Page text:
The proposed deal would be for the thermal, renewable and grid sectors of Alstom’s energy business. It stated that it would now review the bid before the end of May and, if completed, would use the cash to strengthen its transport arm.
Alstom’s shares have been suspended on the Paris stock exchange since last Thursday. When they resumed trading Wednesday morning, they jumped 11 percent to nearly 30 euros.
Jeff Immelt, GE Chairman and CEO, said that the potential tie-up is expected to provide an excellent return on capital and advances the U.S. company’s strategic priorities and industrial growth.
“We respect and value the deep industry and technology expertise of Alstom employees and expect them to add to our proven track record of developing talent and leadership in France and globally,” Immelt said in the press release. Patrick Kron, Chairman and CEO at Alstom added that the deal would create a more “competitive entity” and Alstom’s employees would join a well-known, major global player.
The bid has already been the subject of top-level political discussions at the heart of the French government, and may still be gatecrashed by Germany’s Siemens.
French Prime Minister Manuel Valls told news agencies Wednesday that Alstom had yet to make a final decision on which bid to accept and would discuss the deal with the government before making a final decision.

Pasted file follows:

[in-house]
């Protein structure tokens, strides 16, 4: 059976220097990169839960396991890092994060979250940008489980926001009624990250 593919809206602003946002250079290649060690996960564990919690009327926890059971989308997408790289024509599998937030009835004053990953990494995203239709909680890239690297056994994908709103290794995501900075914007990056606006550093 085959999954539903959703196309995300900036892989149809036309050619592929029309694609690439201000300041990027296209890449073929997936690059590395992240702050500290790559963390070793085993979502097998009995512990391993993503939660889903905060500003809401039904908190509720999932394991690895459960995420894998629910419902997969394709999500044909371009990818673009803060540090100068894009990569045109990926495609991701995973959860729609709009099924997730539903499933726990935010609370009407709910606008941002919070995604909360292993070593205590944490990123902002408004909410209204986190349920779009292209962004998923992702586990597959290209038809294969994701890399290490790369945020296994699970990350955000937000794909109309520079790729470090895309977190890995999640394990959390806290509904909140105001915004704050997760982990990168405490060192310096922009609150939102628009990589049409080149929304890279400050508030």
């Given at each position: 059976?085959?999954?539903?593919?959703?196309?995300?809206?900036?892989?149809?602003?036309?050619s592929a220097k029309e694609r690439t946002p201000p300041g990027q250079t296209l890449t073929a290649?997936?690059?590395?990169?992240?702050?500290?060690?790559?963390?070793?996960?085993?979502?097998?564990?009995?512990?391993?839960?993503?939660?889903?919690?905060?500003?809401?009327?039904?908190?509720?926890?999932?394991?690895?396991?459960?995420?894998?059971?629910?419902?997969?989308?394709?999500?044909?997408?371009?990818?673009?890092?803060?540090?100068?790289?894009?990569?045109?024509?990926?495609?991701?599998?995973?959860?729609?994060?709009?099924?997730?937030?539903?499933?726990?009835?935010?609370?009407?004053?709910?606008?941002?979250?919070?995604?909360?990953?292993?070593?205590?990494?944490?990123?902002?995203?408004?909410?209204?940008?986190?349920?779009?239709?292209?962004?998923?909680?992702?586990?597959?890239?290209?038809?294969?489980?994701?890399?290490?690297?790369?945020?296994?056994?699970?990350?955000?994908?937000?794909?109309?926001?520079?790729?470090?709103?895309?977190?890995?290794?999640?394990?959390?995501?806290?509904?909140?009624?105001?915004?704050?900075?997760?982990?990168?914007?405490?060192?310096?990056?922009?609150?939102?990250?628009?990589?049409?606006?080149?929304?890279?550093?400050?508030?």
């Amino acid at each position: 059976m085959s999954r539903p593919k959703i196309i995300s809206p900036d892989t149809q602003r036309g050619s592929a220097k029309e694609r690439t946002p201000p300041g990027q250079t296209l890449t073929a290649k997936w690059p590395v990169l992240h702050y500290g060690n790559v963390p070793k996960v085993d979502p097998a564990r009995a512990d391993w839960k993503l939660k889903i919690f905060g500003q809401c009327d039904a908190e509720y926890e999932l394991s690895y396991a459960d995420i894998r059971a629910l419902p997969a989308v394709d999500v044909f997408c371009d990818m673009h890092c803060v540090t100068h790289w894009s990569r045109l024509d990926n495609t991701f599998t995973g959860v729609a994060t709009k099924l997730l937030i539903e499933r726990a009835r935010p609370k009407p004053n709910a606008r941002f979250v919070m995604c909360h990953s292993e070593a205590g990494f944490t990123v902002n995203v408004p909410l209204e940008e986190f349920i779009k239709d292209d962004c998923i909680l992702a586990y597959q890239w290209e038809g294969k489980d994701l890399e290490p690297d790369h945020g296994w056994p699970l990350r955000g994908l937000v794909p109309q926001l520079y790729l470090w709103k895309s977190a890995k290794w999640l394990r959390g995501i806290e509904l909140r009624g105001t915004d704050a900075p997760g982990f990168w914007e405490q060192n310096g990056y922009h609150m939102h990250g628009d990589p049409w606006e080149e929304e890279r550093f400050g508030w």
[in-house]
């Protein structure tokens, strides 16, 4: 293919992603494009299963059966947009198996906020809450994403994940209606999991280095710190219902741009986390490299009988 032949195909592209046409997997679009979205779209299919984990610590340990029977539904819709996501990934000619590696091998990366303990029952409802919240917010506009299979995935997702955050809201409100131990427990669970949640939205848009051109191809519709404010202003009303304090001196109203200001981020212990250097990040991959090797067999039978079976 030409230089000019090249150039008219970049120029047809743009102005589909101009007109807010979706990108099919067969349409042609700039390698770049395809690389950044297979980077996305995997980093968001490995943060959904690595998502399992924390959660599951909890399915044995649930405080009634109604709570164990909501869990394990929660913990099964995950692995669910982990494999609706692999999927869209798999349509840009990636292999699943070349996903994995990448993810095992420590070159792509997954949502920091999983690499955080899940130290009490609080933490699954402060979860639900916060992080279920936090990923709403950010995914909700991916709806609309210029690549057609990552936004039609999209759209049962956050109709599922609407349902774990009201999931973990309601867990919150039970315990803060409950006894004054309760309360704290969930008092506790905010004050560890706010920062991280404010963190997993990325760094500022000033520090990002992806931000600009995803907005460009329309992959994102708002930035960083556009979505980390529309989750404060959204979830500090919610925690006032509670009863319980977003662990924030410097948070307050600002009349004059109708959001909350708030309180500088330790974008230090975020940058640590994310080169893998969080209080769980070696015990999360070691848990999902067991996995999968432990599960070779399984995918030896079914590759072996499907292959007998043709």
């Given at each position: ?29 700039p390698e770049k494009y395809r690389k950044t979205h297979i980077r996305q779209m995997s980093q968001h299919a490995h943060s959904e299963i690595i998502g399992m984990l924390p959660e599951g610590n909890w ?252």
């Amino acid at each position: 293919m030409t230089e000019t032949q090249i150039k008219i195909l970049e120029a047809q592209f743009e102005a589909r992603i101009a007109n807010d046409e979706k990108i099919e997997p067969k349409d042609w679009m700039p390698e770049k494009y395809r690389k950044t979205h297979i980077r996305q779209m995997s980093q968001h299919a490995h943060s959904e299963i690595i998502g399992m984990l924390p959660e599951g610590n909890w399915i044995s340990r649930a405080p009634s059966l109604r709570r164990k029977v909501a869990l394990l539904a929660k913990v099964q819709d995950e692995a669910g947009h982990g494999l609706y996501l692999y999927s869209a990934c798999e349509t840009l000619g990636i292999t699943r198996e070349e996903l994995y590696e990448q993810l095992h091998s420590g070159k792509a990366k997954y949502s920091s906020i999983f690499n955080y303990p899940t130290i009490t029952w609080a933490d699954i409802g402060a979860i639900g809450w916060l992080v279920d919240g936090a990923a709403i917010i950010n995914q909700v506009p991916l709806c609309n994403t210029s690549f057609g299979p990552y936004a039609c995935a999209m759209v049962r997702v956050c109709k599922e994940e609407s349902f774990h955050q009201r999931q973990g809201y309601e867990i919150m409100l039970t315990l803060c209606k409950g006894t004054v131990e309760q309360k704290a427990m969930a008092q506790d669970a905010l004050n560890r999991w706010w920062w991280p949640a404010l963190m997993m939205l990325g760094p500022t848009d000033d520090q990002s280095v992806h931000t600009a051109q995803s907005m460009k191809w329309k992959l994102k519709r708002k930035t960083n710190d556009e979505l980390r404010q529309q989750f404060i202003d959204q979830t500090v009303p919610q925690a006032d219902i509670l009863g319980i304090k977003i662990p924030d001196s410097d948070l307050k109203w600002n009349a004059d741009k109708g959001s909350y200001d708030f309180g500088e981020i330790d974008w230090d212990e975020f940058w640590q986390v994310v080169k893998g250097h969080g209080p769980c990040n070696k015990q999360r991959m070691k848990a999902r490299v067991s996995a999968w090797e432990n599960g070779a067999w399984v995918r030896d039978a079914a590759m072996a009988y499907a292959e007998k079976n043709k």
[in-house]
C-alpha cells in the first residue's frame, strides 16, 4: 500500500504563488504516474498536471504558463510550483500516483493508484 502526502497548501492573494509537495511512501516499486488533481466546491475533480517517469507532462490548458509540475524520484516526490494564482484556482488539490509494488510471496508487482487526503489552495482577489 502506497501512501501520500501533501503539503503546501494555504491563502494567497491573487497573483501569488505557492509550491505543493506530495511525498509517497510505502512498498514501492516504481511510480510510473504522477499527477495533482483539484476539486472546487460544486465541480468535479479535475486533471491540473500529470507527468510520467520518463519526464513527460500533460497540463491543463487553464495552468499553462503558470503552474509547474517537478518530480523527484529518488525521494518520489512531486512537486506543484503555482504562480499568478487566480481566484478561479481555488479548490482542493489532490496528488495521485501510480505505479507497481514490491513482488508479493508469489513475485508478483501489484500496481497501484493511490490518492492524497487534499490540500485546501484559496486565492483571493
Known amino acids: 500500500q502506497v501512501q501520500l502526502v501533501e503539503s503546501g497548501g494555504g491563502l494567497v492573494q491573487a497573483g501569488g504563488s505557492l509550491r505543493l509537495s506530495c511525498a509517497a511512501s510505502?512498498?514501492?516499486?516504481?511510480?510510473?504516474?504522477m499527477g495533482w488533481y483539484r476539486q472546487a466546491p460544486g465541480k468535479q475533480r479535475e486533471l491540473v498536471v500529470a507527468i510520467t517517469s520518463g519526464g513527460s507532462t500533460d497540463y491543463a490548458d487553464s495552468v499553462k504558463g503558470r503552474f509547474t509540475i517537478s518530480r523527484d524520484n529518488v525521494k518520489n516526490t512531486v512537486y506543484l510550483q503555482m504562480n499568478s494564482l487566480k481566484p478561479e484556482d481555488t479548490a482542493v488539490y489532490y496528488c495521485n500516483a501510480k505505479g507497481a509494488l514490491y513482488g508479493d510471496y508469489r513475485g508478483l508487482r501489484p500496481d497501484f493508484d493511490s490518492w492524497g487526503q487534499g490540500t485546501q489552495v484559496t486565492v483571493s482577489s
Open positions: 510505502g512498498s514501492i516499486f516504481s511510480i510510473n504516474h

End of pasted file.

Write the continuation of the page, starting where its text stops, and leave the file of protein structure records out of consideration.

As part of the GE’s bid, Alstom said that it may not solicit offers from third parties for the acquisition of its energy business. However, it has reserved the right to respond to unsolicited offers in what looks like a direct nod to the interest from Germany’s Siemens.
It is also considering a declaration of interest from Siemens, but has not yet received a formal offer from its German rival. Siemens has been allowed access to Alstom’s financial information and has highlighted its interest in the firm. On Tuesday afternoon, Siemens said that it would carry out suitable due diligence before logging a more binding offer.
The French government has paid close attention to the ongoing saga surrounding Alstom. Immelt met French President Francois Hollande on Monday to discuss the U.S. company’s bid but French officials have also courted the rival proposal from Siemens.
Initial communications from the German company suggest that it is willing to offer more safeguarding of French jobs and that it has offered to contribute “significant” parts of its rail systems business to Alstom, helping it to become a “global champion”.
GE sought to allay fears over jobs too, saying it anticipated net growth in jobs in acquired businesses in France, with the employee mix moving toward high value manufacturing and engineering jobs.